Here’s an excerpt from Karen McCarthy’s The Other Irish: The Scots-Irish Rascals Who Made America:
“Like Rankin, John Caldwell Calhoun was descended from the same plain stock of Presbyterian immigrants from the north of Ireland. He had a brilliant mind and a fervid nature, but lacked Rankin’s humility. He was a Yale-educated, South Carolina farmer determined to rise above his class. He was ambitious, aristocratic, and consumed by burning desire to be the country’s most powerful politician.
Nine years after the Rankins set sail out of Belfast Harbor, Patrick Calhoun, Sr. and his wife Catherine followed suit, all the way across the ocean and down the beaten path from Pennsylvania into a Virginia farming community. When Grandpa Patrick died eight years later, his wife Catherine and her children undertook a fateful move to a Scots-Irish settlement in Long Cane, South Carolina – the heart of Cherokee country.
For a decade the Calhouns worked hard in the Carolina backcountry, but by the 1750s tensions between the colonists and the Cherokee were mounting. By 1759 the Cherokee declared war. In 1760 word reached Long Cane that the Cherokee were attacked isolated farms in the area, stealing, and slaying any settlers they found.
Two-hundred fifty Scots-Irishmen packed their wagons and left for nearby Fort Tobus in Augusta, Georgia. They hadn’t gone far when they were surrounded by the terrifying sound of Indian war whoops. Seventy-six-year-old Catherine Calhoun, her son, and granddaughter were scalped. Two other granddaughters aged five and three were captured and raised as Indians. Calhoun’s Uncle William cut a horse loose from a wagon and sent his pregnant wife and five-year-old son to Fort Tobus, Augusta. It was the last time she saw her husband alive. Calhoun’s father Patrick Jr. was left alone to watch the Cherokee burn and massacre the settlement. The horror of his seeing his mother, brother, and niece scalped and discarded in the dirt only made him tougher and combative – it was a trait his children would inherit.
When John C. Calhoun was born in 1782, his father had become a respected landowner, member of the legislature, and anti-government activist. He was also an Indian fighter of some renown. His hat, which became a family treasure, had four bullets in it from riding out after war parties. In the South Carolina legislature he fought for settlers’ right to vote. He was among those who organized the church and school and tried to civilize the place at a time when the Regulators were rampantly meting out their own kind of justice. Patrick Calhoun was a giant of a man in his son’s eyes.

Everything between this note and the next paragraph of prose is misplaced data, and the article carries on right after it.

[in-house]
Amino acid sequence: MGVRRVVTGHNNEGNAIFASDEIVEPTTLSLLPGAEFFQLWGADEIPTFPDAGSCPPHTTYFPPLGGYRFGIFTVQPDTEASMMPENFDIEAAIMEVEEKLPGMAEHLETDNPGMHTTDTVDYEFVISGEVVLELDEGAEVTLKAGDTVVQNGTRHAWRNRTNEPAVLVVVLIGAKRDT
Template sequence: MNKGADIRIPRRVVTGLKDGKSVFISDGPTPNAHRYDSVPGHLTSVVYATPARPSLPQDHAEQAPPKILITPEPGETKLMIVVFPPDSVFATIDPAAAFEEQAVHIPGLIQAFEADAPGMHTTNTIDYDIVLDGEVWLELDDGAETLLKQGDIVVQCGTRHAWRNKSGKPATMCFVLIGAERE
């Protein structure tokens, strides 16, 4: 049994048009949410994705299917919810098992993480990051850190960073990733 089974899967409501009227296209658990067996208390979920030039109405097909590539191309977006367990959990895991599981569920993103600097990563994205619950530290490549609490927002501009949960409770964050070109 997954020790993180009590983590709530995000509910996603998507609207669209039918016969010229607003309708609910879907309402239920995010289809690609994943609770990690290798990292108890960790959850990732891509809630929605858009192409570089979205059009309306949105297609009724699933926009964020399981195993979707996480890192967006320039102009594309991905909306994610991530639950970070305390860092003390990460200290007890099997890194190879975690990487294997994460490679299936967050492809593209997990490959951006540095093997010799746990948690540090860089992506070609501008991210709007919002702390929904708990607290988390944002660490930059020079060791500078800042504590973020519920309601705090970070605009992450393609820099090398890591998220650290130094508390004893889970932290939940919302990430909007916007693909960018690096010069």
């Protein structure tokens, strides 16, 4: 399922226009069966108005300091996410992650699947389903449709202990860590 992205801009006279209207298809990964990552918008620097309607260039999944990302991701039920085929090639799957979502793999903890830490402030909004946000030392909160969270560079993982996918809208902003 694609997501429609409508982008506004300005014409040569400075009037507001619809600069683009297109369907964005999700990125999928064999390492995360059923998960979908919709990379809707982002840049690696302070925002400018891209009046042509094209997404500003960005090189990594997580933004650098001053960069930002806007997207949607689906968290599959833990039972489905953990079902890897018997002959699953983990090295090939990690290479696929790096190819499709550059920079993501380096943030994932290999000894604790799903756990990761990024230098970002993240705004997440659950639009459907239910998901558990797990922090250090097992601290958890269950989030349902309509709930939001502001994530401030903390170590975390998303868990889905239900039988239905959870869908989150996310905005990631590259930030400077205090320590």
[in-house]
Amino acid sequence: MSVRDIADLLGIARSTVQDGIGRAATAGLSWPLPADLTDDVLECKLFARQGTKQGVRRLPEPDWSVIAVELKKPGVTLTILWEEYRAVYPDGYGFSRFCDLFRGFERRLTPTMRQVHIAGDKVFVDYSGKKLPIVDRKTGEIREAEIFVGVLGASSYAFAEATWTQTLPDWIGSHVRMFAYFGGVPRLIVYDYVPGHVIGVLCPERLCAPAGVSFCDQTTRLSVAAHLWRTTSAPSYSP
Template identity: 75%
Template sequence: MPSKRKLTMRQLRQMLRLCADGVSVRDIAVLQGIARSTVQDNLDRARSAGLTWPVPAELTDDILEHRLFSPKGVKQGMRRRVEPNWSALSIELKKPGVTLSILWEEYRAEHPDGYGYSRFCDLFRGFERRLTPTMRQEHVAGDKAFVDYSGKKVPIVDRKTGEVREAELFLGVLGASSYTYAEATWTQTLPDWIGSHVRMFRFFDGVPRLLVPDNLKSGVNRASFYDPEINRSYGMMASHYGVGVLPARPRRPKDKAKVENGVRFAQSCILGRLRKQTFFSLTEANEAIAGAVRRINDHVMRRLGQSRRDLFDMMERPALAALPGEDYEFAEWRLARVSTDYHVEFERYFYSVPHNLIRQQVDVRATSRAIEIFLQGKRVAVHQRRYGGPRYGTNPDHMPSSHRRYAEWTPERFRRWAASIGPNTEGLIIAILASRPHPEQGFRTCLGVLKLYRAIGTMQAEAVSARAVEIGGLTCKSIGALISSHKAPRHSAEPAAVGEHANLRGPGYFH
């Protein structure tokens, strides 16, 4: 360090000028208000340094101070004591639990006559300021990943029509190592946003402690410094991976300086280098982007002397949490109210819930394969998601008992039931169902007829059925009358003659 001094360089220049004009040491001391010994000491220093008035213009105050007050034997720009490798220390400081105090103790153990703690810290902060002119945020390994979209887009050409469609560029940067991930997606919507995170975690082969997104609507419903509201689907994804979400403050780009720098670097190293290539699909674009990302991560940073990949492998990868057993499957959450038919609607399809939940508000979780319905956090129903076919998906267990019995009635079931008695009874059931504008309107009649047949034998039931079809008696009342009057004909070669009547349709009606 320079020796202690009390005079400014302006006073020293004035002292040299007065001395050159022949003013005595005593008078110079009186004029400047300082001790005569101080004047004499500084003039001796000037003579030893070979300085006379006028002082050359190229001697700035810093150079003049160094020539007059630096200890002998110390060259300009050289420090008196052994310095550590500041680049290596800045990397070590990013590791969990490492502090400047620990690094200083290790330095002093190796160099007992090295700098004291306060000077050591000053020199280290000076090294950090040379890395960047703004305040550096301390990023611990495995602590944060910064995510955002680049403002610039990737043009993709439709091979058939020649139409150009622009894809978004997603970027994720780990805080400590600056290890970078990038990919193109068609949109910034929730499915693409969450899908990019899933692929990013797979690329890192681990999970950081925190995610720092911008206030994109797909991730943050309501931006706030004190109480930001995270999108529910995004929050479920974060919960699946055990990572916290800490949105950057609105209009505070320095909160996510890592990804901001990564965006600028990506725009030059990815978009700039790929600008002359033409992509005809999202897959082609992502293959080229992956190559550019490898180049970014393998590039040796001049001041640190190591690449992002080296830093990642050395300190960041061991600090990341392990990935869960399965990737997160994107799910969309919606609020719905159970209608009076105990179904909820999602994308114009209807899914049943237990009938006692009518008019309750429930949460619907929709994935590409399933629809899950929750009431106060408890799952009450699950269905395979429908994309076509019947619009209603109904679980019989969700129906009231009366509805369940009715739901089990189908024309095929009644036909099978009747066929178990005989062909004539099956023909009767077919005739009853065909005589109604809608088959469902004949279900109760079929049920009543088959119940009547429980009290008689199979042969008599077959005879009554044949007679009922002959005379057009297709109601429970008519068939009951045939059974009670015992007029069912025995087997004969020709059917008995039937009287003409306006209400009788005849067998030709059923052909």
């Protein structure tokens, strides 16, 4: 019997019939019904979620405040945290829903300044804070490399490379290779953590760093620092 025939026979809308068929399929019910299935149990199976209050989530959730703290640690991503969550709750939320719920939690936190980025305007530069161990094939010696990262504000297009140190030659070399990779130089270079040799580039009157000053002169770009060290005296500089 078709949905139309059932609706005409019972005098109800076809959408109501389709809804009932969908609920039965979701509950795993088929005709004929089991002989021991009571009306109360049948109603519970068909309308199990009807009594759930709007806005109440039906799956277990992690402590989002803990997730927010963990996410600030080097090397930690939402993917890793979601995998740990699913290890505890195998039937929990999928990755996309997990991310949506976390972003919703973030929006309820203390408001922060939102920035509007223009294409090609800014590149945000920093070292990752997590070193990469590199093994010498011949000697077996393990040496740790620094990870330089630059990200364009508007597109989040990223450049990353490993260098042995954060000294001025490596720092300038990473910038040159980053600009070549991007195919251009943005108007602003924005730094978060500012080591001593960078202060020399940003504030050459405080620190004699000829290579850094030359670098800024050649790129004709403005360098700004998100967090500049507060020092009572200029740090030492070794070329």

One evening the young John Calhoun watched his father ride home from a legislative session in Charleston much like he always did, but this night Patrick Jr. was leading a slave straddled on a horse behind him. It was unusual to find slaves among humble log cabins of backcountry farmers. With Adam’s arrival, John Calhoun’s whole life changed; his future was woven into the system of slavery that became a normal part of life.
The Calhoun’s weren’t idle or wealthy. The sons all worked long, hard days, playing fields in the “brillin’ sun” like every other poor Scots-Irish farmer in the backcountry. There was only one difference – they worked alongside their slave. As Patrick Jr. prospered, the Calhouns acquired almost a hundred slaves.”
Note: In 2013, OD will be exploring in depth the cultural origins of the Scots-Irish diaspora in the Upper South in Ireland, Scotland, and northern England. I always wrote about the Caribbean origins of the culture of the Lower South with the intention of framing how the two Southern cultures clashed and blended together in places like the South Carolina Upcountry.